Giving to LAU


The Future of Nutrition: LAU’s Fouad El-Abd Food Innovation Lab Officially Inaugurated

Fouad El-Abd, the founder and president of leading canned food company California Gardens, and LAU President Joseph G. Jabbra cut the ribbon of the university’s Fouad El-Abd Food Innovation Lab earlier this week on Byblos campus. Marking the official inauguration of the campus’ newest facility, the special events on October 15 drew in dozens of supporters, faculty, staff and students to celebrate and tour the nearly 100-square meter functional space, which is comprised of a core kitchen lab, a support lab service room and meeting room.

The cutting-edge lab, located on the ground floor of the Science Building, was made possible by El-Abd’s substantial donation to LAU two years ago. Thanking the donor for his generosity, Dr. Jabbra said during the inauguration’s signing ceremony, “On behalf of the LAU family, including faculty and Nutrition Program students, I would like to thank you from the depths of our hearts for your generous gift and what you have done for our community.”

El-Abd shared with attendees his vision for his namesake lab. “The tahini and hummus business in the United States is a billion-dollar business, which is incredible. And with the Lebanese and Arab cuisine having a vast menu of food that is becoming very popular around the world, there is so much potential for students who can use the lab to innovate and keep all our dreams and traditions alive,” he said. He later presented Dr. Jabbra with a can of hummus that went to outer space as part of California Gardens’ partnership with NASA to supply the food to the International Space Station.

After the signing ceremony, the donor and attendees visited the Fouad El-Abd Food Innovation Lab to see the facility firsthand. Associate Professor Nadine Zeeni, who is also the coordinator of LAU’s Nutrition Program, was on hand to discuss specifications of the lab with attendees.  

“The lab will enhance LAU’s positioning in the nutrition field, giving an edge to the program in terms of hands-on practice to relate culinary, nutritional and food-safety theory to practical applications,” she said.

In addition to being a huge asset for the Nutrition Department, the multifunctional lab will be used by students in the Department of Hospitality Management and Marketing, as well as by external entities at a cost, enabling the university to generate profit from the space.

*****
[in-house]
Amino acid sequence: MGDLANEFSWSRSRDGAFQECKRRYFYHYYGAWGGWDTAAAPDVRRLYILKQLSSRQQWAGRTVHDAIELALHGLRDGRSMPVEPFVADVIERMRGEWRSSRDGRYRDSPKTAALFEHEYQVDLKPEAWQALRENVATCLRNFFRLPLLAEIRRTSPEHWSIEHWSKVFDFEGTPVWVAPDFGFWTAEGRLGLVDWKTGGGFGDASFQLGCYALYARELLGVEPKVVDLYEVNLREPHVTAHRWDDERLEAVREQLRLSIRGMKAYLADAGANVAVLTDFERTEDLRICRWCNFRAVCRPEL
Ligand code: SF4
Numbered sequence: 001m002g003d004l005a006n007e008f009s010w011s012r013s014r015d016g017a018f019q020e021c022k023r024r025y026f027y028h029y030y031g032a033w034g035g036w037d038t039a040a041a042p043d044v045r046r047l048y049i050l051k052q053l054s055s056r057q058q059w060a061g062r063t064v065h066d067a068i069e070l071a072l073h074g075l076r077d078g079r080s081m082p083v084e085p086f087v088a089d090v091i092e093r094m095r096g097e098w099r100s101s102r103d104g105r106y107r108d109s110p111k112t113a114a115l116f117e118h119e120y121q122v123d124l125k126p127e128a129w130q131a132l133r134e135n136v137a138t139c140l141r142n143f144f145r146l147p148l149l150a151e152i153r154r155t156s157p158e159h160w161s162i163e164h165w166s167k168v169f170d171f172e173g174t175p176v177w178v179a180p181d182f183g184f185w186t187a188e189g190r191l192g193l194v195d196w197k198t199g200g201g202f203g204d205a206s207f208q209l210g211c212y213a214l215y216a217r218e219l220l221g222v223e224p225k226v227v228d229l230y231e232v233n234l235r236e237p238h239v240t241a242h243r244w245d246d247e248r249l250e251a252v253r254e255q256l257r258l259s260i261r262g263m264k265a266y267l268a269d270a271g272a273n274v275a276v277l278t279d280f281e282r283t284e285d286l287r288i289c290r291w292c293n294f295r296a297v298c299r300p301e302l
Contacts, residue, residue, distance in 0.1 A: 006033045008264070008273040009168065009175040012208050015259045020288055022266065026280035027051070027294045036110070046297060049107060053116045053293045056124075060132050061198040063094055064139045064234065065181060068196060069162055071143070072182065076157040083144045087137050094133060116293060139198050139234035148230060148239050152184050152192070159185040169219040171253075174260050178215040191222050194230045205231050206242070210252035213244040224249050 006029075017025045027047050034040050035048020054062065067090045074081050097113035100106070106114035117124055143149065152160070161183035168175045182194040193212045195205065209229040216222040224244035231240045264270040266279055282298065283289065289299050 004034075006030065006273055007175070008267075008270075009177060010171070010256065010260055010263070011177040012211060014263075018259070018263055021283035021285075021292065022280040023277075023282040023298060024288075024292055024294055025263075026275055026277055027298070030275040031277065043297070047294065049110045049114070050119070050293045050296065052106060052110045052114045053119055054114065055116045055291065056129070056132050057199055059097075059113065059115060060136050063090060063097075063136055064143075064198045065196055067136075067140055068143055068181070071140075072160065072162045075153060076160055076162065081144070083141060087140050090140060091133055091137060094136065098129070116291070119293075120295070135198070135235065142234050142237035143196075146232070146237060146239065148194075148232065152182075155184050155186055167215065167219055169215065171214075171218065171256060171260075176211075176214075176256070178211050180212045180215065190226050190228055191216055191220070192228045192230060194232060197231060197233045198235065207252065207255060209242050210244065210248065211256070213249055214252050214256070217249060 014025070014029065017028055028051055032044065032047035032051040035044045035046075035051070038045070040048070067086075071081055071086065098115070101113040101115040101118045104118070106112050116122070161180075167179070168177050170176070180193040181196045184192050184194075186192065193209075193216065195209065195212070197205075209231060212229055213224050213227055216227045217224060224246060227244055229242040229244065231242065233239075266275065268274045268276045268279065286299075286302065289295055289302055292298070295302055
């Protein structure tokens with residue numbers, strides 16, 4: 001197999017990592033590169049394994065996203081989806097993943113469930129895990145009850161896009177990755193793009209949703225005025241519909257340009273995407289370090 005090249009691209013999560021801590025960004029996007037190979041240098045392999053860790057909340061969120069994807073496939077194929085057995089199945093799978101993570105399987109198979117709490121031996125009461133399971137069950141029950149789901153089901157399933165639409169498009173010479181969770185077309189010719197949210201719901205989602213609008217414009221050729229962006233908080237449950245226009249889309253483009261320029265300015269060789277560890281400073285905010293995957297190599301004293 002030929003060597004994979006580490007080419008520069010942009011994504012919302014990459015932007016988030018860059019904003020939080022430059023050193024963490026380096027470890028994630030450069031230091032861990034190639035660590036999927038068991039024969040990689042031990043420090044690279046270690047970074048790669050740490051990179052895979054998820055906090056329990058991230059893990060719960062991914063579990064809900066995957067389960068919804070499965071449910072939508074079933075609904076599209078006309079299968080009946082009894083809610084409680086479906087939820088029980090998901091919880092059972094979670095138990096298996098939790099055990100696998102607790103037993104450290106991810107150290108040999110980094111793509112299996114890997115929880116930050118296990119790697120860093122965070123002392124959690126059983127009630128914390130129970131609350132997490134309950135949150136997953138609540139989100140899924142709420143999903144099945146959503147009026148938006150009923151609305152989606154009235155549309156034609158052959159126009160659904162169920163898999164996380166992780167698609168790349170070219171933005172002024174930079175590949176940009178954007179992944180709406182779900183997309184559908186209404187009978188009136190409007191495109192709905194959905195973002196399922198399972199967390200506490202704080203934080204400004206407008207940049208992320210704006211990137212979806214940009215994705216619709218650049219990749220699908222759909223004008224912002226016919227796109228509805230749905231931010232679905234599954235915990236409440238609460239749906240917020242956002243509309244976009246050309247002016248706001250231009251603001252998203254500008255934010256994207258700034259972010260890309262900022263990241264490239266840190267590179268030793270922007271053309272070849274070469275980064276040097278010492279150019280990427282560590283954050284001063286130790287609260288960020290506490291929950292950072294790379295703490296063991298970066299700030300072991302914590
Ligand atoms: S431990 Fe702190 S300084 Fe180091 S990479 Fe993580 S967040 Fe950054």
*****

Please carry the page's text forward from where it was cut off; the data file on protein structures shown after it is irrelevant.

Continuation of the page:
“From time to time, we get approached by local food industries to help them carry out research and development projects. This will be a paid service, and as such it is a win-win collaboration for the industry and LAU,” said Hussein F. Hassan, associate professor of food science and technology, and associate chairperson of the Department of Natural Sciences.

The university’s Facilities Management team was also present to provide attendees with an overview of the new lab and the great effort it took to develop the high-tech space.

“Because the original premises did not have the adequate logistical requirements for housing a state-of-the-art food lab intended for academic and research activities, design and execution were extremely challenging. But we were able to find special solutions to address functional, architectural and safety-related challenges,” explained Assistant Vice President for Facilities Management Georges S. Hamouche, who thanked his team, consultants Mario Azzi & Partners, contractor TCC, and Vresso, which supplied the high-end kitchen equipment, for the project’s successful outcome.   

Attendees also took a brief tour of Byblos campus and attended a lunch hosted by Dr. Jabbra. The Fouad El-Abd Food Innovation Lab will be used this semester for quantity food production, meal planning, and food preparation courses.